I love hostas – the beautiful large leaves turn a shady garden spot into a tropical-looking oasis, and they’re low-maintenance and hardy. But I like surprises in the garden, too, and sometimes you just want something different!
If you’re ready for a new look in your garden, here are four alternatives to hostas that will give you a similar effect while adding variety. Read on to find out more.
Shade Loving Plant #1: Hardy Ferns
I love hardy ferns because there are so many native options. Growing and spreading quite happily in woodlands and near streams, ferns are a low-maintenance addition to your shady garden.
Hardy fern varieties range from 1’ to 6’ tall, so there’s a fern that’s just right for every spot! They also tend to be more deer-resistant than hostas, while providing a gorgeous delicate texture with an arching, elegant look.
Growing Tips for Hardy Ferns
- Light: Full to part shade, with protection from afternoon sun.
- Water: At least 1” of water per week with mulch to keep the soil evenly moist.
- Soil: Rich, humusy soil, similar to a forest floor, with lots of organic matter and compost. Most ferns prefer somewhat acidic soil.
- Division: Divide clumps in fall or early spring.
- Size: Range from 1’ to 6’ high. Some ferns spread through runners, more like a groundcover, while others grow in tidy clumps. Make sure to choose a fern that fits your design.
- Climate: Cold hardiness of hardy ferns varies depending on the type.
- Fertilizer: Feed in the spring with a balanced, organic slow-release fertilizer. Don’t over fertilize.
Shade Loving Plant #2: Coral Bells (Heuchera)
Coral bells seem to be the new darling of the perennial world, with colorful new varieties emerging every year. Another native American plant, coral bells grow happily in shade, semi-shade, or filtered sun.
Thanks to enthusiastic hybridizing, there’s a coral bell for every color palate. Foliage comes in shades of orange, purple, bronze, silver, and red, with gorgeous flower spikes in late spring in whites, pinks, corals, and reds.
While shaped like hostas, coral bells are generally a little lower-growing (1’ to 3’); making them perfect for borders, edging, and tucking into containers.
Growing Tips for Coral Bells
- Light: Full shade to filtered sun. Can tolerate some full sun, although the leaves may scorch.
- Water: Low-maintenance, needing only regular water during dry spells.
- Soil: Well-draining, neutral to slightly acid soil rich in organic matter, with mulch to retain moisture.
- Division: Propagate by clump division or cuttings.
- Size: Coral bells range from 1’ to 3’ tall and wide.
- Climate: Hardy to USDA planting zone 3, and evergreen in warmer climates.
- Maintenance: Deadhead spent coral bell blooms to encourage more foliage growth.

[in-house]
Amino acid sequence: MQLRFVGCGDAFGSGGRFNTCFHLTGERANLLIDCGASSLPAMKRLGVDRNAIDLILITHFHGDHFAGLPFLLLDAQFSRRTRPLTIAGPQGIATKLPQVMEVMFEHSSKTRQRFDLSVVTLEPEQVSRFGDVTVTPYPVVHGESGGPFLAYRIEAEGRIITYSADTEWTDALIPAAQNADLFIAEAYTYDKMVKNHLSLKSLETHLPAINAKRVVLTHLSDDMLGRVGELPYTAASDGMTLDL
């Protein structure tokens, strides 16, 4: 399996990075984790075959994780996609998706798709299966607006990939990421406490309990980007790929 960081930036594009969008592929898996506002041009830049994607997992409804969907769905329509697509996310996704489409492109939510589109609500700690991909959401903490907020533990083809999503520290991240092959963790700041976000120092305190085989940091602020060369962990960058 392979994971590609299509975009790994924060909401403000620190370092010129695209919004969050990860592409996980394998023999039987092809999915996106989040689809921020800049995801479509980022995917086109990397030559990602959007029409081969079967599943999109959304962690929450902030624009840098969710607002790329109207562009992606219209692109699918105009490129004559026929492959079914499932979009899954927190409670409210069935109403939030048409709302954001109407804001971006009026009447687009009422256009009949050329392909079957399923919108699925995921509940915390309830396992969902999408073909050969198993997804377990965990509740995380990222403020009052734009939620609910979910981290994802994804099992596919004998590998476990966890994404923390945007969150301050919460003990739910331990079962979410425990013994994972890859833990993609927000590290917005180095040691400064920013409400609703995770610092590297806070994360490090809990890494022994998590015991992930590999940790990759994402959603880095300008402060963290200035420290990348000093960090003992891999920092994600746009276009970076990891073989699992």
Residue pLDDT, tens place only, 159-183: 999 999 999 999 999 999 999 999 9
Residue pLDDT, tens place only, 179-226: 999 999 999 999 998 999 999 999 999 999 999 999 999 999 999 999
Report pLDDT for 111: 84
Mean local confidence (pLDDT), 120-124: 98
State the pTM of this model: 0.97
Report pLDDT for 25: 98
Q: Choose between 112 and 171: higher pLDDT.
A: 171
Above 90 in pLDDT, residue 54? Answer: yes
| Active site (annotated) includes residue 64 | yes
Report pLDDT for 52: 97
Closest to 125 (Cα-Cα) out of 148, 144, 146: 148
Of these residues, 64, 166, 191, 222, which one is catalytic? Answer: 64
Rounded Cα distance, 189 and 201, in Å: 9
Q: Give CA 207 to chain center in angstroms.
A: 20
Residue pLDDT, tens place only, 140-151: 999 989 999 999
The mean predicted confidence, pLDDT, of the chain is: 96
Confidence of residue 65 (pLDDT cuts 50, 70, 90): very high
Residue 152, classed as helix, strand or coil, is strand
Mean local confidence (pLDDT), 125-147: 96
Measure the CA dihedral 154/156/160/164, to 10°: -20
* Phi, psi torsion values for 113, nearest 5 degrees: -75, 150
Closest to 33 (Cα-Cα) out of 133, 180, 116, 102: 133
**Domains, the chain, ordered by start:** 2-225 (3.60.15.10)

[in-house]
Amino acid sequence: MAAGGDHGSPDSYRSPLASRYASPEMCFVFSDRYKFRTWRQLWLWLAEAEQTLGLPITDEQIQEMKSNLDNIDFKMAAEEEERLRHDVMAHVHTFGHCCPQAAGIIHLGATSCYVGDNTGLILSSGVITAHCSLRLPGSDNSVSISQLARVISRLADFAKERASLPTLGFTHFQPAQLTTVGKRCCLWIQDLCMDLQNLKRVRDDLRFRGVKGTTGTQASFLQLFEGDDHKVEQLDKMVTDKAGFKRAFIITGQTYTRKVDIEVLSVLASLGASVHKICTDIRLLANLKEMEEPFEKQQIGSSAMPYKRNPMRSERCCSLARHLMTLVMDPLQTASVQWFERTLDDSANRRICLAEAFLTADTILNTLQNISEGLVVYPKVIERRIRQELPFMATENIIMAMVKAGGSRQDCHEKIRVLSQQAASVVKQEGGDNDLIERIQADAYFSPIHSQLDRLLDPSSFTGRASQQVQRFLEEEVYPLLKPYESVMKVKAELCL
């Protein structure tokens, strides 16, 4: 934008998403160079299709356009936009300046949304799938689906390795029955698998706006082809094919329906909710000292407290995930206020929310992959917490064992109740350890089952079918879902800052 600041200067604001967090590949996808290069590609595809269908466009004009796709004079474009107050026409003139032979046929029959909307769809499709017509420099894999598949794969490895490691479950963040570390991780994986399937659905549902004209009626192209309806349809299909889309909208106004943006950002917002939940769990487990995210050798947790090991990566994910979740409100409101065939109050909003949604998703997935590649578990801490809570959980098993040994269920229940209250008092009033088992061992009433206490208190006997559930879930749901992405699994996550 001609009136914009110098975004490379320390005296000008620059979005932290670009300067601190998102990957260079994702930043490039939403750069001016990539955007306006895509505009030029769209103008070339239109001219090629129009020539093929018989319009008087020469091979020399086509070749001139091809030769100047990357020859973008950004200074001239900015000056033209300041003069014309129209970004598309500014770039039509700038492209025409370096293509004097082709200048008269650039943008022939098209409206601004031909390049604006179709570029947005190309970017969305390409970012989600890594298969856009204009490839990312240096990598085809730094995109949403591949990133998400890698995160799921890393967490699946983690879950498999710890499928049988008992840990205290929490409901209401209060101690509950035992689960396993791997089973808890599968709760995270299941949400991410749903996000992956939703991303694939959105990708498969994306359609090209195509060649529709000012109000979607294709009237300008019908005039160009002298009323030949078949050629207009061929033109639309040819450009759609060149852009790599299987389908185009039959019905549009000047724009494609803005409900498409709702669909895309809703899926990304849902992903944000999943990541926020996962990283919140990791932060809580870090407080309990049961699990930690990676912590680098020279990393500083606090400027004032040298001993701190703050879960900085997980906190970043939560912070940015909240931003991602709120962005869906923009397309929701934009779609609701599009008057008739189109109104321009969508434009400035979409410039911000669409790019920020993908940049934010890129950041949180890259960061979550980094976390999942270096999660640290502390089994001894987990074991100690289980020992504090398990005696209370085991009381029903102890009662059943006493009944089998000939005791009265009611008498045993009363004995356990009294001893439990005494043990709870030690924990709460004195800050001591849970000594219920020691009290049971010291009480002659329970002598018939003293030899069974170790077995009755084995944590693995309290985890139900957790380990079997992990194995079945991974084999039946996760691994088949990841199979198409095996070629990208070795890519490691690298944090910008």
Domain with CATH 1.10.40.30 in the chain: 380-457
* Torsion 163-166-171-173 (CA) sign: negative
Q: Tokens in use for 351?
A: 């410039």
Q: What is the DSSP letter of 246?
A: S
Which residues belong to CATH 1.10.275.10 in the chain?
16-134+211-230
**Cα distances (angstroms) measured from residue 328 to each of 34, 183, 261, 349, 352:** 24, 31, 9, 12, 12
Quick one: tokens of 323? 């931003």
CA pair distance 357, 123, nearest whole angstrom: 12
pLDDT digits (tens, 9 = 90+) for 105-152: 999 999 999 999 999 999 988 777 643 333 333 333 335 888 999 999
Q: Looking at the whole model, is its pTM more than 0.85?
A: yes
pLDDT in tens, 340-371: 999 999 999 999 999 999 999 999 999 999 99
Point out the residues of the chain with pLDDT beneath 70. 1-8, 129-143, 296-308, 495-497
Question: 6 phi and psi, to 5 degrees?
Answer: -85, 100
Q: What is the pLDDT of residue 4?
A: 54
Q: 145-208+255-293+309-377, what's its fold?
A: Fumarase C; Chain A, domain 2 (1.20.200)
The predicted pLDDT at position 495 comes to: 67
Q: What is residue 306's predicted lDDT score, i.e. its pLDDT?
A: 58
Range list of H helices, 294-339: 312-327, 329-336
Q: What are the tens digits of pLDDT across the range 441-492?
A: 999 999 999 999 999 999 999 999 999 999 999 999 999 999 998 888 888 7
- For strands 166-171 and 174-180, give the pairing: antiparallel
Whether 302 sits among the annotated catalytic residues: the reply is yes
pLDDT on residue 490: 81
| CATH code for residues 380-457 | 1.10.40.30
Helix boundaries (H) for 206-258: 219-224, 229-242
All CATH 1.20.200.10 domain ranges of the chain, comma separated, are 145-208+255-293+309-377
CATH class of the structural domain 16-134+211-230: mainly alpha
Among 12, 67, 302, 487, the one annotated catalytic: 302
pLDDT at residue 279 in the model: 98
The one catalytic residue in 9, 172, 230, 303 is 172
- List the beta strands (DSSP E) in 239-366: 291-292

- Mulch: In areas with freezing winters, beware of frost heaving (plants being pushed out of the ground by freezing/thawing). Mulch in fall to help prevent this, and check and replant any exposed roots.
- Disease: Look out for fungal diseases in damp, shady garden spots. If fungal disease is detected, move these plants to locations with a little more air and sunlight.
Shade Loving Plant #3: Rodgersia
The first time I saw a Rodgersia (growing in the yard of the house I’d just bought), I spent weeks scouring books and online to find out what on earth it was! The dramatic, huge foliage arches gracefully and is then followed by tall, lacy flower spikes in the summer.
Rodgersia makes a strong architectural statement in the garden – the stems are strong, and the leaves and thick and textured, shifting through shades of bronze and copper as they emerge.
Growing Tips for Rodgersia
- Light: Semi-shade to full sun, if the soil is kept moist. Watch out for leaf scorch in hot, dry conditions.
- Water: Rodgersia plants are water-lovers that are naturally suited for growing along streams and in boggy areas.
- Soil: Moist, rich soil with plenty of mulch to hold in water.
- Division: Spreads by clumping rhizomes. Divide in spring.
- Size: Grows 3’ to 5’ high and nearly as wide.
- Climate: Hardy to planting zone 4.
Shade Loving Plant #4: Lenten Rose (Helleborus)
They may be called Lenten roses for their early spring bloom time, but mine surprised me this year by blooming in January! There’s nothing more refreshing than looking outside on a bleak winter’s day and seeing their sweet flowers poking out of the snow.
Lenten roses are a great addition to a shady garden, with dark, arching foliage and those early blooms. The plants themselves are sturdy evergreens that provide deer-resistant structure to the garden year-round.
Growing Tips for Lenten Roses
- Light: Dappled sun to full shade. Great to plant under deciduous trees, with light winter sun and summer shade.
- Water: Once established, Lenten roses are pretty drought tolerant, although they will appreciate a little water during dry spells.
- Soil: Like other woodland plants, Lenten roses like well-draining soil which is rich in organic matter. Amend heavily acidic soils with lime, particularly if growing hybrids.
- Division: Lenten roses are slower to establish and generally don’t like to be divided, although seedlings may emerge around the parent plant that can be moved.
- Size: Lenten roses grow about 18” tall and are evergreen.
- Climate: Hardy to planting zone 4.
- Fertilizer: Feed in early spring with a balanced, organic slow-release fertilizer.
- Pruning: Prune back ragged foliage in early spring before new growth starts. Deadhead flower stalks.